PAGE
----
What disturbs me most of all is not that so many people who should know better are so clueless and condescending toward singles. No, what disturbs me most of all is that singles by and large have had the self-esteem beaten out of them to the extent that they not only go along with it but seem hardly disturbed by any of this. Rare indeed is the single who has the courage and self-respect to express his moral outrage at the unacceptable treatment he receives simply because he is not yet married. Apparently standing up for one’s basic dignity as a human being is bad for shidduchim.
For many years I was bothered by a unique phenomenon for which I had no explanation. Every married person is a former single (and, quite possibly, a future single), and should thus be very sensitive to the anxiety and pain that almost no one is entirely spared in the search for a spouse. It is natural for those who live through any sort of human experience involving pain or trauma to forever feel a kinship with those who share that experience. I can think of no other exception – certainly not one so striking – as the utter lack of sensitivity and understanding so many married people exhibit toward singles. How can they not know better?
I believe I have finally discovered at least a partial answer. Singles who are fortunate to have a relatively smooth road may indeed be oblivious to the travails of others, but singles who suffer greatly often become condescending toward other singles once they finally “graduate” to the other side. Some believe they’ve found The Answer (invariably something bizarre and simplistic) and go about preaching this way to singles as if what worked for them would work for everyone. Many suddenly ignore singles entirely, grateful to finally be welcomed into the class of “real” adults; continuing to associate with singles as equals would be beneath them.
What we witness here is a sort of Stockholm Syndrome. Singles who have been beaten over the head for years with the message that they are lesser people not worthy of respect come to believe it, and the best way they can demonstrate that they are worthy members of society is, once married, to perpetuate this same treatment to other singles. The fact that they have gotten married is “proof” that they have figured things out, and it is all those still unmarried singles who must have lots of issues in need of fixing. Their marital status alone is evidence enough.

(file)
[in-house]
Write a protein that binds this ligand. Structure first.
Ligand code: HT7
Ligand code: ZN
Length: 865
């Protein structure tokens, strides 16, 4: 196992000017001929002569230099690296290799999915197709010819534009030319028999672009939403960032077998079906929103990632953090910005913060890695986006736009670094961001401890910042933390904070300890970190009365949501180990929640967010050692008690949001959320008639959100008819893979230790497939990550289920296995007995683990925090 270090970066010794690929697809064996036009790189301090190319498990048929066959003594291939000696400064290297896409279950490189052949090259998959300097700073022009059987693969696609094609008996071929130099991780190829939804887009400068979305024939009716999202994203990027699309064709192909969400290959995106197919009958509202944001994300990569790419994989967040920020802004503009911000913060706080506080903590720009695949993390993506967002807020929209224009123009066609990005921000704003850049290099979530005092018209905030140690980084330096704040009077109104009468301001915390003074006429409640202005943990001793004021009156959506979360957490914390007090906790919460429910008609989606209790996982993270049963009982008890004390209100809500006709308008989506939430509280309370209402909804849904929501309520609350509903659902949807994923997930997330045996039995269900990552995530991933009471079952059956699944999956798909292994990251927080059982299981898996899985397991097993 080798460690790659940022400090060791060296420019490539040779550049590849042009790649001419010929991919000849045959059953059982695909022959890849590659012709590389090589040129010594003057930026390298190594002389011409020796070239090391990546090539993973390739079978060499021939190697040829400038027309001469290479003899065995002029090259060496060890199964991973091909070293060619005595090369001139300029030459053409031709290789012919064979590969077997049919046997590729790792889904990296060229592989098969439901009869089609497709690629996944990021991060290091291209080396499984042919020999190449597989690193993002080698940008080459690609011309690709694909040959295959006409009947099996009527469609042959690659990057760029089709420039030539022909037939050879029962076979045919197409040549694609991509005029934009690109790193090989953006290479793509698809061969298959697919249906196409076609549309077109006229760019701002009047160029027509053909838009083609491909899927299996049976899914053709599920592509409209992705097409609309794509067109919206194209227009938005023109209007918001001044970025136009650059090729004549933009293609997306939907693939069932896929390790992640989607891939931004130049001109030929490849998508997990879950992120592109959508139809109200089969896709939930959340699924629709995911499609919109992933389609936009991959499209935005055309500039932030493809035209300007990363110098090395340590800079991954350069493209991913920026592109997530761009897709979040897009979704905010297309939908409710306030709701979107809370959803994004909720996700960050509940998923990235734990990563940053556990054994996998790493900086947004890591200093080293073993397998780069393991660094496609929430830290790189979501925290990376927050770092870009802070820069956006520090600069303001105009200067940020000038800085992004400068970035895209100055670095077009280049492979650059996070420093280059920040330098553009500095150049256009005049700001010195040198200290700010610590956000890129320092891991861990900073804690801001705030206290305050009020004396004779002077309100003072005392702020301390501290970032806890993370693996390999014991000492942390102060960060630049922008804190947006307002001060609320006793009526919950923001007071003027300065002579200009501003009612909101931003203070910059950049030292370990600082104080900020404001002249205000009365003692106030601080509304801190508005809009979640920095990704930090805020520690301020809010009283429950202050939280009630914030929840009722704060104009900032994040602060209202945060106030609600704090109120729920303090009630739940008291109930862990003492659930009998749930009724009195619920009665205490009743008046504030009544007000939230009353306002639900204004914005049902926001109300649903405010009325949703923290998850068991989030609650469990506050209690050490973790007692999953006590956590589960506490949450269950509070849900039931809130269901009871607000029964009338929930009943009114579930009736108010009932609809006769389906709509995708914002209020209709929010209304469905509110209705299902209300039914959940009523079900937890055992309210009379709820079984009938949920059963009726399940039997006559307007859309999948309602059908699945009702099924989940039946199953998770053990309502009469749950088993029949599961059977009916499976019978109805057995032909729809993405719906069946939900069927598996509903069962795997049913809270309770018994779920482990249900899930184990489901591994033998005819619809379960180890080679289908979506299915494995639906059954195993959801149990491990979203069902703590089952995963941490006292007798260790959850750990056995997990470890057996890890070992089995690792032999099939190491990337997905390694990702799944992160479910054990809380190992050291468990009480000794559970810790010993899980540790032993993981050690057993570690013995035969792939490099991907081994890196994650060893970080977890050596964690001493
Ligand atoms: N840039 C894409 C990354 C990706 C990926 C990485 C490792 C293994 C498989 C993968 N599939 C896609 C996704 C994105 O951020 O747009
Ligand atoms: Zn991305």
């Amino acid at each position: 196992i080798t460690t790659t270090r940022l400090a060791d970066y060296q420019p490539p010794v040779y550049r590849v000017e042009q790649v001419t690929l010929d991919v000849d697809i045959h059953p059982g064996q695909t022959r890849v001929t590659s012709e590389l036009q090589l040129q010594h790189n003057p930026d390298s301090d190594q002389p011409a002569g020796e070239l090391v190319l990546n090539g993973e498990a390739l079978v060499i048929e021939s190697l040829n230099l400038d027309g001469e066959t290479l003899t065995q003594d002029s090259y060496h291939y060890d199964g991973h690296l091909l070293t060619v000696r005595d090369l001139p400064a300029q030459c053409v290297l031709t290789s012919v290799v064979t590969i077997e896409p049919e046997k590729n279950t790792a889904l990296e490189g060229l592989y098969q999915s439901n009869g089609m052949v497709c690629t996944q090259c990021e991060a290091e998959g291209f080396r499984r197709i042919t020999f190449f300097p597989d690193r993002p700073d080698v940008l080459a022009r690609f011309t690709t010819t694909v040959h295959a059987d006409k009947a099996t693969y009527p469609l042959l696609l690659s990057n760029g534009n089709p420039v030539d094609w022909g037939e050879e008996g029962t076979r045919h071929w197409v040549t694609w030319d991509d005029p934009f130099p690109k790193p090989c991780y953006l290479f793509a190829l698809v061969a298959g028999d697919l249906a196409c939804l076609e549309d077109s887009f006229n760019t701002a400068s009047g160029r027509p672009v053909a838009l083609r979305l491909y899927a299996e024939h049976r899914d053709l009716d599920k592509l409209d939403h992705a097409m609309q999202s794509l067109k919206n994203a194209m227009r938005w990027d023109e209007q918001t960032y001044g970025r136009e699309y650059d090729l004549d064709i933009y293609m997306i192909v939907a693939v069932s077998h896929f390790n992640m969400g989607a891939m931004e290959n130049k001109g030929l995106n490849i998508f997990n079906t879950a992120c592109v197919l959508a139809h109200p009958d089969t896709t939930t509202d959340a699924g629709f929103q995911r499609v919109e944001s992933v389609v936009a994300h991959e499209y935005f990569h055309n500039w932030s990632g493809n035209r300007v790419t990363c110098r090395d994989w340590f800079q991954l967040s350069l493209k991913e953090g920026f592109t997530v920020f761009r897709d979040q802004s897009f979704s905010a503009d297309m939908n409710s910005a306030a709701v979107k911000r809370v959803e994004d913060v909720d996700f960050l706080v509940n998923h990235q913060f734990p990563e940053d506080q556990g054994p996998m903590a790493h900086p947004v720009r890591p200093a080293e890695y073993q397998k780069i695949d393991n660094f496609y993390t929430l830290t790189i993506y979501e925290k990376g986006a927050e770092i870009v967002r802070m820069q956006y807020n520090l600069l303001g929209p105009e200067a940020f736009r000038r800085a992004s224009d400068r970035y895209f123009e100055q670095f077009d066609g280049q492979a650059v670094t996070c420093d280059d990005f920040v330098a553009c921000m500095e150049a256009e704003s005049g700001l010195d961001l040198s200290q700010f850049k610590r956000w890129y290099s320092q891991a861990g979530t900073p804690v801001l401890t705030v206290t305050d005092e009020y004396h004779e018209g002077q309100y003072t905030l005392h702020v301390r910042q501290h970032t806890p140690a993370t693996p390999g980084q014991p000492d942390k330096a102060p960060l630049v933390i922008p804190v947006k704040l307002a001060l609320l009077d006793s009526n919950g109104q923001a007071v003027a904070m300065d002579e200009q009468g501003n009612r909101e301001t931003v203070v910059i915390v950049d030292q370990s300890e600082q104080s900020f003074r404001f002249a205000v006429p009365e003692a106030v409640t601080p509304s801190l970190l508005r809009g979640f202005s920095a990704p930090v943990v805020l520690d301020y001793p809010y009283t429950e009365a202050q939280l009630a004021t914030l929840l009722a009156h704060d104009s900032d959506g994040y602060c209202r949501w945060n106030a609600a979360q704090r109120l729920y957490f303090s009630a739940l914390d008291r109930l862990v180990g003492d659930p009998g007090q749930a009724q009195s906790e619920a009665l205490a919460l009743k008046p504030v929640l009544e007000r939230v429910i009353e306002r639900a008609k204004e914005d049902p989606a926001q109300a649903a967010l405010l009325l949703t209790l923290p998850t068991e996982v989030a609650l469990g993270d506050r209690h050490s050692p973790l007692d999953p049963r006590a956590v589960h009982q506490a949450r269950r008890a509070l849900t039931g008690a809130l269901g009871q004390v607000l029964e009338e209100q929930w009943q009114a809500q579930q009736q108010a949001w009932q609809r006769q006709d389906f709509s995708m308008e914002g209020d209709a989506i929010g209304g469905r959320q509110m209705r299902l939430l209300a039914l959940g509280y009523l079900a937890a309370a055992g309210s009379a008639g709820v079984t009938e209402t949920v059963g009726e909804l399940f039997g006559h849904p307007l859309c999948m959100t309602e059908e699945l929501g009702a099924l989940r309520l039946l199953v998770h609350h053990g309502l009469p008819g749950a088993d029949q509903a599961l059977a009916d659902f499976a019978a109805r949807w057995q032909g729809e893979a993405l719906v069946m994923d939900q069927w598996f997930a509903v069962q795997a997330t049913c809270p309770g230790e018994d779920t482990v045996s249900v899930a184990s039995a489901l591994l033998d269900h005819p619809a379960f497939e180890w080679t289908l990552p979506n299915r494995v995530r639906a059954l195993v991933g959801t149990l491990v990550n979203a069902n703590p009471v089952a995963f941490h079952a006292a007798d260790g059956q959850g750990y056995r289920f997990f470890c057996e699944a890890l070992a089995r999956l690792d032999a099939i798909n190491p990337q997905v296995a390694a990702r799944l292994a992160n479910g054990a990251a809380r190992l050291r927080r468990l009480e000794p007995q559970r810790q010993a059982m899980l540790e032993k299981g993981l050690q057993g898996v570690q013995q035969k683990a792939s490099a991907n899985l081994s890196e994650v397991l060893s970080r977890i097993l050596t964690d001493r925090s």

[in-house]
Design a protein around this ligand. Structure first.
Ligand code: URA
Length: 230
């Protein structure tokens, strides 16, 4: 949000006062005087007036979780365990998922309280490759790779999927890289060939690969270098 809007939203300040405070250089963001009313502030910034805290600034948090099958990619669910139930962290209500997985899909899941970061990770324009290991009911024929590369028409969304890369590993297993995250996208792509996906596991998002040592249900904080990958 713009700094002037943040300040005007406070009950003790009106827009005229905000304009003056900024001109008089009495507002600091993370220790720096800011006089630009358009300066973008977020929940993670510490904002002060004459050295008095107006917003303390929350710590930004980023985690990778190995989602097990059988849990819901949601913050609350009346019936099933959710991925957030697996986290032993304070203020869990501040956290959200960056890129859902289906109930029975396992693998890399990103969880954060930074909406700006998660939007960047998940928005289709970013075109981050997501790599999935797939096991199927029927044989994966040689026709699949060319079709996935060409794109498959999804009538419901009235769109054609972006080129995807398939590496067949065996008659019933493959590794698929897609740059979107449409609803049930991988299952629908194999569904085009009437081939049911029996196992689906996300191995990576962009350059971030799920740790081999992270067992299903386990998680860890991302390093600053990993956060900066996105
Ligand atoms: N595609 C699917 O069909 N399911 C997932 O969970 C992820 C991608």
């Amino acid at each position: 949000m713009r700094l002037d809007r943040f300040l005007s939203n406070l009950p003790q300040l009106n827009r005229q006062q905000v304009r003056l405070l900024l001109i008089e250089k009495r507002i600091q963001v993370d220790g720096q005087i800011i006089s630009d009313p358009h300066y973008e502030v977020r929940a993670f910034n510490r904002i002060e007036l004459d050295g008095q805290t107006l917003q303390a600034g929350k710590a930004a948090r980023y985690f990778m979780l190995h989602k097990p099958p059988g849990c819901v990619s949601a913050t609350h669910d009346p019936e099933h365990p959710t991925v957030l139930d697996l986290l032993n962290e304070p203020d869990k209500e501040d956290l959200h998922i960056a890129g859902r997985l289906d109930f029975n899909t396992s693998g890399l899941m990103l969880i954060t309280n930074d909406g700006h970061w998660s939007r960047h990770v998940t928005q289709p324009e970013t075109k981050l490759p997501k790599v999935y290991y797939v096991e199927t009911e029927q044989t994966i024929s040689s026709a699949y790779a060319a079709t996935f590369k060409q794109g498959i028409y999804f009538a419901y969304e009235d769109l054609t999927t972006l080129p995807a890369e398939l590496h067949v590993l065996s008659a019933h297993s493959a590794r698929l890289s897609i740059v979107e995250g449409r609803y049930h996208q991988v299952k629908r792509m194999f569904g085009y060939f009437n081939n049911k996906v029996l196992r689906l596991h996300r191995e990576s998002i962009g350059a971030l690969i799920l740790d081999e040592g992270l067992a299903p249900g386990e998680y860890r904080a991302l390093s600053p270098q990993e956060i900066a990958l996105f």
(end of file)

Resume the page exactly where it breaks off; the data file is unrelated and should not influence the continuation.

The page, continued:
If our community is really interested in alleviating the difficulties facing singles, and not just exploiting singles as business opportunities and pet chesed projects, it needs to learn some hard lessons about kavod ha’briyos.
Singles who enter family-oriented shuls should not feel out of place (really, no one who enters a shul should feel out of place). Events geared for singles should not implicitly require that singles check their dignity at the door. Married people should not presume they are superior to singles or know what is best for them. Personal advice, especially advice that may strike a raw nerve, should never be offered unsolicited, off the cuff, or in a public setting. These are just a few of the many fundamental lessons our community desperately needs to learn.
No one has a right to denigrate singles even in the guise of trying to help them, and singles do not help their own cause by allowing themselves to be mistreated. Let us indeed help singles – but let our efforts to help singles not be a mitzvah that comes through sin.
Rabbi Chananya Weissman is the founder of EndTheMadness (www.endthemadness.org), a volunteer effort to rehabilitate the culture of the shidduch world and HotKiddush (www.hotkiddush.com) a networking site for Orthodox Jews. He can be contacted at email@example.com.